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After acquiring machine learning vendor Kaskada, database and real-time event streaming vendor DataStax is shifting its focus to AI and ML.
The vendor, based in Santa Clara, Calif., revealed the acquisition on Jan. 12 and said it plans make the Kaskada technology open source first and then offer a new ML cloud service later this year.
In somewhat of a rebranding, DataStax is now calling itself a "real-time AI company." Terms of the acquisition were not disclosed. Kaskada had raised $9.8 million since its founding in 2018.
Kaskada's technology processes large amounts of data while updating features for ML models over time.
Founded in 2010, DataStax is known for its Astra DB database-as-a-service based on Apache Cassandra.
DataStax's acquisition of Kaskada is its fifth since its DataStax was founded in 2010 and its first since acquiring cloud messaging vendor Kesque in January 2021.
Adding Kaskada to DataStax's portfolio will provide organizations an environment to develop applications inspired by AI, according to DataStax.
A natural step
The acquisition is a natural step for the data vendor, according to Carl Olofson, an analyst at IDC.
Since Cassandra is an SQL database, it has considerable flexibility, including the ability to set up training data for ML, Olofson said. However, many users who are not ML experts may need help with using it to set up training data for ML.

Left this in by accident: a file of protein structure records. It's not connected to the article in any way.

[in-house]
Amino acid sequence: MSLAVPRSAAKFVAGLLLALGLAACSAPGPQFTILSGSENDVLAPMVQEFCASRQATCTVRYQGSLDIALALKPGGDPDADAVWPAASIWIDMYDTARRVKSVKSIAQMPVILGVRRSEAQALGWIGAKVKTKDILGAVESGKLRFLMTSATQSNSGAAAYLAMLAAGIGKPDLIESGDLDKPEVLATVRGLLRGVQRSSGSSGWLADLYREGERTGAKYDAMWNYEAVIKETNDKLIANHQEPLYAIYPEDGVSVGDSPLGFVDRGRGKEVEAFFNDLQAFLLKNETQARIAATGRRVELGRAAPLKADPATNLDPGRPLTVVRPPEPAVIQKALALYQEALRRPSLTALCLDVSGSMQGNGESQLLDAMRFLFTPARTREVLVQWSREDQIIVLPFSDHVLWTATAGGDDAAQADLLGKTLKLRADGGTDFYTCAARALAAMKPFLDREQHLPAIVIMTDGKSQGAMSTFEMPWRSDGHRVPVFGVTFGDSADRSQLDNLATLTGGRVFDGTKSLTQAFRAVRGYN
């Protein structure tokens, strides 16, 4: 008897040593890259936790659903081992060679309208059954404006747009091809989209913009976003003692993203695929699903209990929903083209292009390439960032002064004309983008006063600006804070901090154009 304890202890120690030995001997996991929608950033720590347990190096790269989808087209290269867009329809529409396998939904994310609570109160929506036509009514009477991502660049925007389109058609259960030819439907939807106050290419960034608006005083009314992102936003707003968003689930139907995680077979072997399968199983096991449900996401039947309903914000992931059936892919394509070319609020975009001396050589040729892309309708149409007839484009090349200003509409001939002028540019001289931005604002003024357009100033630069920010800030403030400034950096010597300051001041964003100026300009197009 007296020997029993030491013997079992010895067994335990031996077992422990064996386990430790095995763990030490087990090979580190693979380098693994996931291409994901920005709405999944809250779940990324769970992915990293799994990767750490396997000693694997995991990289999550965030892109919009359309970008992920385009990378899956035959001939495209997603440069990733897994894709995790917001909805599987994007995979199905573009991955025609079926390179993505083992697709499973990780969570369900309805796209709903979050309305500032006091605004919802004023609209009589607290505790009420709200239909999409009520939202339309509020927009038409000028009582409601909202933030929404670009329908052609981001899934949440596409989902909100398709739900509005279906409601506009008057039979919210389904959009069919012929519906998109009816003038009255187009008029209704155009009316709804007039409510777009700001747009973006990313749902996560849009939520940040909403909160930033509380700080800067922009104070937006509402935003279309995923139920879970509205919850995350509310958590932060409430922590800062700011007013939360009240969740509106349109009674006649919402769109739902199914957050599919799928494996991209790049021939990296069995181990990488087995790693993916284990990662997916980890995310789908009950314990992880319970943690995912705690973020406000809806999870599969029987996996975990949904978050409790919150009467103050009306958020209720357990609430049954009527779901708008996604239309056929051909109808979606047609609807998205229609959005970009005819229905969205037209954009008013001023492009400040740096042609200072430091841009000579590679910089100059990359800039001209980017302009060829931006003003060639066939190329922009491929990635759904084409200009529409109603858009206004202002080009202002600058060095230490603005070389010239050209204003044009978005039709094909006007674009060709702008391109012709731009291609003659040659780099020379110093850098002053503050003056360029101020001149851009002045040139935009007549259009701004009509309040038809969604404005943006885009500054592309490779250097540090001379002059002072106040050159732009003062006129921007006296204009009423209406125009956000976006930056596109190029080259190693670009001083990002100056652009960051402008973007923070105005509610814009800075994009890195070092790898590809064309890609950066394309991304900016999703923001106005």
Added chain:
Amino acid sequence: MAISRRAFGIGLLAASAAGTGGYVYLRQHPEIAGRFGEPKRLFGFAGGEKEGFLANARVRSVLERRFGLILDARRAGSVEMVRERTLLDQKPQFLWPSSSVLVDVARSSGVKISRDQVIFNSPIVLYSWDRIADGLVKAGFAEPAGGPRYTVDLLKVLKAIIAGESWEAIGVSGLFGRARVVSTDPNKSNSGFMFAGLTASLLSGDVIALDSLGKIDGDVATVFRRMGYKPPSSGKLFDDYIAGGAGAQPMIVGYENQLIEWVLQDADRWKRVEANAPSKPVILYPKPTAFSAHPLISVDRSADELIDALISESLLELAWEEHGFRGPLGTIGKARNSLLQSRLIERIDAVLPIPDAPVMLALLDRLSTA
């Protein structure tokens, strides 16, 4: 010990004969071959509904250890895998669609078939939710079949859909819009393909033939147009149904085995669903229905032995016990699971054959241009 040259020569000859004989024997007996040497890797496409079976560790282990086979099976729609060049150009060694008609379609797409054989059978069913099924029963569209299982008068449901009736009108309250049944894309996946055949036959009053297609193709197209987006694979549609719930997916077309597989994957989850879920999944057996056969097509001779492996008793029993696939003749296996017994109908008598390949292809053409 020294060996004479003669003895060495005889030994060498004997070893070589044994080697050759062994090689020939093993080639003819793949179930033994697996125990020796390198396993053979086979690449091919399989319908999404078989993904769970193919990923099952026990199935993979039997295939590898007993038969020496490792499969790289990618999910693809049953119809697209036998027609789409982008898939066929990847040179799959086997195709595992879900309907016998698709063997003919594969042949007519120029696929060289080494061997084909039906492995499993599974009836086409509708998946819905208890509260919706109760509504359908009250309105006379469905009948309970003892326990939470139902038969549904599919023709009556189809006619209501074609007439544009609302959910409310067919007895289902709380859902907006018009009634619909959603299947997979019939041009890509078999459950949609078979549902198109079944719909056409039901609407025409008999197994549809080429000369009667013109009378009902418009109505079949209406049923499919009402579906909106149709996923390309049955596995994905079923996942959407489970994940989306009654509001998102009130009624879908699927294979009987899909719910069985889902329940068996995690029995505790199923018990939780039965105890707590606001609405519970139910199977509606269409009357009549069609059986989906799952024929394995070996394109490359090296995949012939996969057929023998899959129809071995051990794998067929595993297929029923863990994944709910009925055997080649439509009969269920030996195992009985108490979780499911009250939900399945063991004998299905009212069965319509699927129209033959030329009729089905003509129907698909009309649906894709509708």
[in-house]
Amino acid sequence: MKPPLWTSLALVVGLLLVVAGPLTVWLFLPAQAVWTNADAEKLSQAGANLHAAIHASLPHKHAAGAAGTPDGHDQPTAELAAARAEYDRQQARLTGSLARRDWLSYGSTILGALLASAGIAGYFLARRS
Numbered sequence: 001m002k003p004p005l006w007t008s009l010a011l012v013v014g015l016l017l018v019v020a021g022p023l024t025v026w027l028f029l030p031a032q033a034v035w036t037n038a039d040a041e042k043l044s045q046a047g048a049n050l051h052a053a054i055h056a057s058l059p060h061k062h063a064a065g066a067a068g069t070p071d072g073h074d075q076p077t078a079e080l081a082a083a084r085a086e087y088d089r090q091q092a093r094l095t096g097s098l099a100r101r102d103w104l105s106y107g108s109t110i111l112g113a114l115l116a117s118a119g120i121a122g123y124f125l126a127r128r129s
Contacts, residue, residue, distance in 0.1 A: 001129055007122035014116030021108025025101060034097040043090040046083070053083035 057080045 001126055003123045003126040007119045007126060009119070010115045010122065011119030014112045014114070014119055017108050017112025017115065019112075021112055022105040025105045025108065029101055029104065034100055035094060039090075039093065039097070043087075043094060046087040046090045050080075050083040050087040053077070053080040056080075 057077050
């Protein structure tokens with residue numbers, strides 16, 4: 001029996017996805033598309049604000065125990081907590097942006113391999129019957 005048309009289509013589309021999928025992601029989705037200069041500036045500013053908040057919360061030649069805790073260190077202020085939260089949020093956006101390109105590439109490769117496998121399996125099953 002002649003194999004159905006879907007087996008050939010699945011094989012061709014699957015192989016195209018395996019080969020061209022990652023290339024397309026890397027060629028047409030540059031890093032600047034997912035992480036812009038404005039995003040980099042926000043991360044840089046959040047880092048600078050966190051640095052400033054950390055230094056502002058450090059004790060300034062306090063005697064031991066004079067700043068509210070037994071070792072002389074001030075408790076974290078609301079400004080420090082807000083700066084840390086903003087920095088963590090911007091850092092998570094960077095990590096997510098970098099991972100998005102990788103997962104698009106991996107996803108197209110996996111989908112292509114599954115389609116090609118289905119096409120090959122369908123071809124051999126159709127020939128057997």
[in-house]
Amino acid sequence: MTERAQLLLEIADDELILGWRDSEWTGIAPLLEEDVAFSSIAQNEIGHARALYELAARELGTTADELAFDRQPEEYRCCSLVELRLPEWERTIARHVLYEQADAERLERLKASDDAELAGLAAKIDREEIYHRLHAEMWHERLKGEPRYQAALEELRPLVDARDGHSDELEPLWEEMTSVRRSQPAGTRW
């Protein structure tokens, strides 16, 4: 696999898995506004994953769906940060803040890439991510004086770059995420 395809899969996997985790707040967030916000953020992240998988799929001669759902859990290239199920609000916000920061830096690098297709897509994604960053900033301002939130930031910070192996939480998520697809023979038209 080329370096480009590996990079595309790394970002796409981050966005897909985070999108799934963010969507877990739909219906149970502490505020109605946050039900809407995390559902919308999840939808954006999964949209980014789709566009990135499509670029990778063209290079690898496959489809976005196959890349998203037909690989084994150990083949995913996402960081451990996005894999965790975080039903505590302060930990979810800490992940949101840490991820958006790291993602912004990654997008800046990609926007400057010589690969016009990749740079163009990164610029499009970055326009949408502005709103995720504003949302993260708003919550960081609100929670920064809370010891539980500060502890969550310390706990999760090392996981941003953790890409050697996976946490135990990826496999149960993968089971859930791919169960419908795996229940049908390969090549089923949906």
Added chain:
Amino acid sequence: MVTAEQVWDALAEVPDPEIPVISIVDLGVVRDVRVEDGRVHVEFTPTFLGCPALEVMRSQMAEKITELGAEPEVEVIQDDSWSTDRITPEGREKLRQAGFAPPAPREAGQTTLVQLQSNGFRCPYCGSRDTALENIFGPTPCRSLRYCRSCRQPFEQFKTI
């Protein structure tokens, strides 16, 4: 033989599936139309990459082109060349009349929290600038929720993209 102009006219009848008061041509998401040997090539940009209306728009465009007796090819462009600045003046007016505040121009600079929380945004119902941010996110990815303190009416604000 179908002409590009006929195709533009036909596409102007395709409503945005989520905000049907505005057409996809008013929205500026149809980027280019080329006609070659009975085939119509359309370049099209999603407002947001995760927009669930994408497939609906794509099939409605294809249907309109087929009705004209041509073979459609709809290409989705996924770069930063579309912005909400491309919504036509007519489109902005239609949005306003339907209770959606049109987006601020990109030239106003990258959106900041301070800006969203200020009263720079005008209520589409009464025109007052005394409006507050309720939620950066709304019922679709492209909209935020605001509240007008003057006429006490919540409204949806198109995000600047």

This is where Kaskada fits in. The Seattle-based vendor provides users with tools to train behavioral ML models directly from event-based data produced from the tracking and analysis of the interactions between customers and a product.
Carl OlofsonAnalyst, IDC
"Having a tool that sets up [the training data] for you is of great value," Olofson said. "This follows a trend that a number of other database companies have already been following, which is building machine learning tools, autoML and those kinds of things into the database."
This acquisition also lets DataStax keep competing with the likes of Microsoft Azure Cosmos DB and databases from AWS and Oracle.
"It's becoming fairly common to offer some level of machine learning capability combined with a database," Olofson said. He added that DataStax is increasingly also looking to compete on the analytics side -- a fast-growing aspect part of the database market.
"This puts them in the game for a new and relatively new and evolving market," he continued.
A possible challenge for DataStax is how it will incorporate the AI and ML technologies.
"Whenever you're introducing another format, that's a challenge to integrate. That's always been a challenge and will continue to be a challenge," Olofson said.